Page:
Things To Do

21 Best Things to Do in Dallas This Week: March 7-13

The St. Patrick's Day parade takes over Greenville Avenue Saturday.
Melissa Hennings
The St. Patrick's Day parade takes over Greenville Avenue Saturday.
Tue 3/7
If you’ve lived in Texas long enough, chances are you’ve driven through a tiny-ass town that makes you wonder exactly who lives in such a small corner of the universe. The award winning Tribeca Film Festival documentary Uncertain looks at the lives of a Texas town called, you guessed it, Uncertain, where the population doesn’t even eek over 100 people. Director Ewan McNicol and Anna Sandilands found some very interesting characters in this tiny town, including an ex-convict who has an obsession with the black-and-white sitcom Mr. Ed, an old man who uses his love of fishing to help move on from a dark period of his life and a big dreamer with big ideas but not many means of making them happen. Learn all about the residents of this interesting stop on the Texas small town tour with a screening of Uncertain at the Alamo Drafthouse Cedars (1005 S. Lamar St.) at 7 p.m. Tuesday, March 7, followed by a Q&A with McNicol and Sandilands. Alamo Drafthouse Cedars, 1005 S. Lamar St., 7 p.m., $7.58, — Danny Gallagher

There's a bit of irony in the title of Let It Be, a celebration of the Beatles that imagines what might have been if the lads from Liverpool had reunited one more time for John Lennon's 40th birthday, Oct. 9, 1980. OK, sure, that would have been fantastic, provided someone locked Yoko in a closet to keep her off the stage. Ditto Linda. Would Paul have insisted on playing a few Wings covers? "Let Me Roll It," OK, but please, no "Live and Let Die." That might hit too close to home. Let's face it, epics don't just peter out, gods don't take curtain calls and the Beatles brevity and iconic relationship to the '60s are part of what made them the freakin' Beatles. Just let it be. Still, we suppose it's OK to dream to some hella catchy tunes. Dallas Summer Musicals brings Let It Be, the ultimate celebration of Beatlemania with live cover versions of all the hits to the Music Hall at Fair Park, 909 First Ave. Shows are at 7:30 p.m. March 7-18, with a 1:30 p.m. matinee Thursday, March 16, and Saturdays and Sundays through Sunday, March 19. Tickets are $18 to $105 at Music Hall at Fair Park, 909 First Ave., 7:30 p.m., $18-$105, — Patrick Williams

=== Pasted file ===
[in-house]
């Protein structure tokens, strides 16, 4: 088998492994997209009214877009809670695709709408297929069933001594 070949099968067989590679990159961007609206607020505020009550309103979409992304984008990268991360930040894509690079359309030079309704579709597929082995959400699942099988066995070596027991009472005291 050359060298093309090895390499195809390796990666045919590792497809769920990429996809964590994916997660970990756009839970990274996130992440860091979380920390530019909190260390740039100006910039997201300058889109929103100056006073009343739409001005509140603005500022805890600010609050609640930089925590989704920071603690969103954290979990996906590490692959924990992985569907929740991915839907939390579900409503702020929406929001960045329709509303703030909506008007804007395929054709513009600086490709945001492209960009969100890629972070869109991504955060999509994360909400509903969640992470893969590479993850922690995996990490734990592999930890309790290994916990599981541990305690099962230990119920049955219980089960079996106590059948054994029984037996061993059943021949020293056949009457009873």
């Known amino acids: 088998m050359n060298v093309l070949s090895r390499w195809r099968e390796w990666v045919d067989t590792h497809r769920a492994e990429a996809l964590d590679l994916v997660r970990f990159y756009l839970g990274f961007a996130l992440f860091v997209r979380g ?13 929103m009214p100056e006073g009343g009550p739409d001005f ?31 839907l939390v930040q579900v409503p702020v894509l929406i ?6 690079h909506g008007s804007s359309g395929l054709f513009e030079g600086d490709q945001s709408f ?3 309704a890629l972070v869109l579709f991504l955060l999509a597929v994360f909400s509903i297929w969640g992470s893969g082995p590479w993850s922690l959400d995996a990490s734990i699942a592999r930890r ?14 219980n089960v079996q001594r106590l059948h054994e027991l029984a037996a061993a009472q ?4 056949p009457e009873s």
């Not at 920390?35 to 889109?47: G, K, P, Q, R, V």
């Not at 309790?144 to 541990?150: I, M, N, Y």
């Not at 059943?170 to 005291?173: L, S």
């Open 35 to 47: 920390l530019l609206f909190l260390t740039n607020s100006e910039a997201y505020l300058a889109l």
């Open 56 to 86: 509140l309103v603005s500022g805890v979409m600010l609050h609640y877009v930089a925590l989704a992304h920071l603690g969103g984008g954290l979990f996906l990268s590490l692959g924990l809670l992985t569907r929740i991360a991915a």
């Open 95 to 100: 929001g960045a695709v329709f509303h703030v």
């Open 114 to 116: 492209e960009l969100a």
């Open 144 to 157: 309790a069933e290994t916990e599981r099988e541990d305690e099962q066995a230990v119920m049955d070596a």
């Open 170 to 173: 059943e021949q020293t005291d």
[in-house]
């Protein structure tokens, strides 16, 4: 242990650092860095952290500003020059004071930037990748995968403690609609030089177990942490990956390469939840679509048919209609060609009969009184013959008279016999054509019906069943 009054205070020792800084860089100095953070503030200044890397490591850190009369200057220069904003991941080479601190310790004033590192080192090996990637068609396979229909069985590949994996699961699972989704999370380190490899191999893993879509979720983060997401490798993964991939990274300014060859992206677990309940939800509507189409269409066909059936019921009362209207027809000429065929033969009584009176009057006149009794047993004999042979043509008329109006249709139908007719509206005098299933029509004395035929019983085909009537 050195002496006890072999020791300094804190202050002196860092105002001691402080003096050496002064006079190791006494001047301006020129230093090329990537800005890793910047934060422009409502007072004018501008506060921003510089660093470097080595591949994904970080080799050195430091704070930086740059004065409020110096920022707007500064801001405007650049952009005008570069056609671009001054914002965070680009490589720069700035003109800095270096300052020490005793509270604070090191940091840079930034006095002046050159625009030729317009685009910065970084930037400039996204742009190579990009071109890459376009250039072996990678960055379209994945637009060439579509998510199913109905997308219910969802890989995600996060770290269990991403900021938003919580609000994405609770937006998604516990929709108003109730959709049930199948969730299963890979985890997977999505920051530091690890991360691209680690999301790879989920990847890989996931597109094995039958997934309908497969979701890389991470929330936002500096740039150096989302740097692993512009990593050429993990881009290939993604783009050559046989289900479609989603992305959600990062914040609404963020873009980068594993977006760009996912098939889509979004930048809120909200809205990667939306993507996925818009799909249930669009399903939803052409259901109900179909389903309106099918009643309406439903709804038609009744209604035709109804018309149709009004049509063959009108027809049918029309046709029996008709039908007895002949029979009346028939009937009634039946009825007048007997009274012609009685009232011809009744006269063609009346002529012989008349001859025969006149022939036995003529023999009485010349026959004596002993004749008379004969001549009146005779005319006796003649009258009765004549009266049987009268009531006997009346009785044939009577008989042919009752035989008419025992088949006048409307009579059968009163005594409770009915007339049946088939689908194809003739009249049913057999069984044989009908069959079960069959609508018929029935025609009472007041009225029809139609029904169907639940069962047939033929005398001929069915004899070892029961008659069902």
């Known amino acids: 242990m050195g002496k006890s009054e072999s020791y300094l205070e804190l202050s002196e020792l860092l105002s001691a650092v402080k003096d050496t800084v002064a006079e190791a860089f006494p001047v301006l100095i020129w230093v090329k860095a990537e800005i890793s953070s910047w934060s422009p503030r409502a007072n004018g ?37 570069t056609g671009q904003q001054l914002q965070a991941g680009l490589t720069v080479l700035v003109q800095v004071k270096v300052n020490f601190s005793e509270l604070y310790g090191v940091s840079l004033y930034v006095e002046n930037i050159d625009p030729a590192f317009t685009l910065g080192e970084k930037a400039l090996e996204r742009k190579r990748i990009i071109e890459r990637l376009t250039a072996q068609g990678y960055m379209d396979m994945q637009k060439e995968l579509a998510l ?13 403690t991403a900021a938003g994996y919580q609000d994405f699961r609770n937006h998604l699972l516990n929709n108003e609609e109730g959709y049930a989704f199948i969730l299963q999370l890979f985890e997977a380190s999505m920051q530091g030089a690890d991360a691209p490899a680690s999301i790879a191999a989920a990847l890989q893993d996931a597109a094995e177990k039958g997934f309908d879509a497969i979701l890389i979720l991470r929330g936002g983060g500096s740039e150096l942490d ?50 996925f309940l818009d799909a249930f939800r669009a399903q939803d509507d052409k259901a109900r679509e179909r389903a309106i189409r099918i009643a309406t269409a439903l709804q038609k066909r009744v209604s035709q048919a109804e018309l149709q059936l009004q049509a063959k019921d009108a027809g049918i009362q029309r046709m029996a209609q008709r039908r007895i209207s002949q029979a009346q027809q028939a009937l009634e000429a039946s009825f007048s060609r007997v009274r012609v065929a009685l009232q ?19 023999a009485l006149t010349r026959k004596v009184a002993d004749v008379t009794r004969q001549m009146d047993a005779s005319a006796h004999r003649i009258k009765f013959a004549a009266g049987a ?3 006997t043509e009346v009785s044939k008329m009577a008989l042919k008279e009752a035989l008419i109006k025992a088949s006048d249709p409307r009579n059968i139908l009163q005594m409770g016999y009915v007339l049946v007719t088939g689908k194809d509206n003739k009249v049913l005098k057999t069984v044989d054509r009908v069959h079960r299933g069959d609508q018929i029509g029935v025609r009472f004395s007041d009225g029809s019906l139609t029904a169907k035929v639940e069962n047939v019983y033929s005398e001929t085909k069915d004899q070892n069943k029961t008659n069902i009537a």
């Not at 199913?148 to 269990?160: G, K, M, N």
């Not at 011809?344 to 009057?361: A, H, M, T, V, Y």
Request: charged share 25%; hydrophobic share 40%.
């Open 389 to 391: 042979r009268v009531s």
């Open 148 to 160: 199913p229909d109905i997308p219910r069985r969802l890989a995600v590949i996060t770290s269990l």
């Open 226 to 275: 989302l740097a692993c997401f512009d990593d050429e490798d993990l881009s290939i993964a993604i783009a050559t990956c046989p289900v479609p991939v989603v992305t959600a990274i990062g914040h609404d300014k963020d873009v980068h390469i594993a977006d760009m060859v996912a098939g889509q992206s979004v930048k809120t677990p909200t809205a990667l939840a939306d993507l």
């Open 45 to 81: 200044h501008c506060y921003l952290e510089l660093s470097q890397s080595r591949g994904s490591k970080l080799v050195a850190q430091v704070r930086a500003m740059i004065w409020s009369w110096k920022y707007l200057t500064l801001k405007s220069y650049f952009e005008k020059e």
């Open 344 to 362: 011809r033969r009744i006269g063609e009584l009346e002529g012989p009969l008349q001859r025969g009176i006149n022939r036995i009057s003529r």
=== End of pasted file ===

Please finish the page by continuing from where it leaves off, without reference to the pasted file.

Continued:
Wed 3/8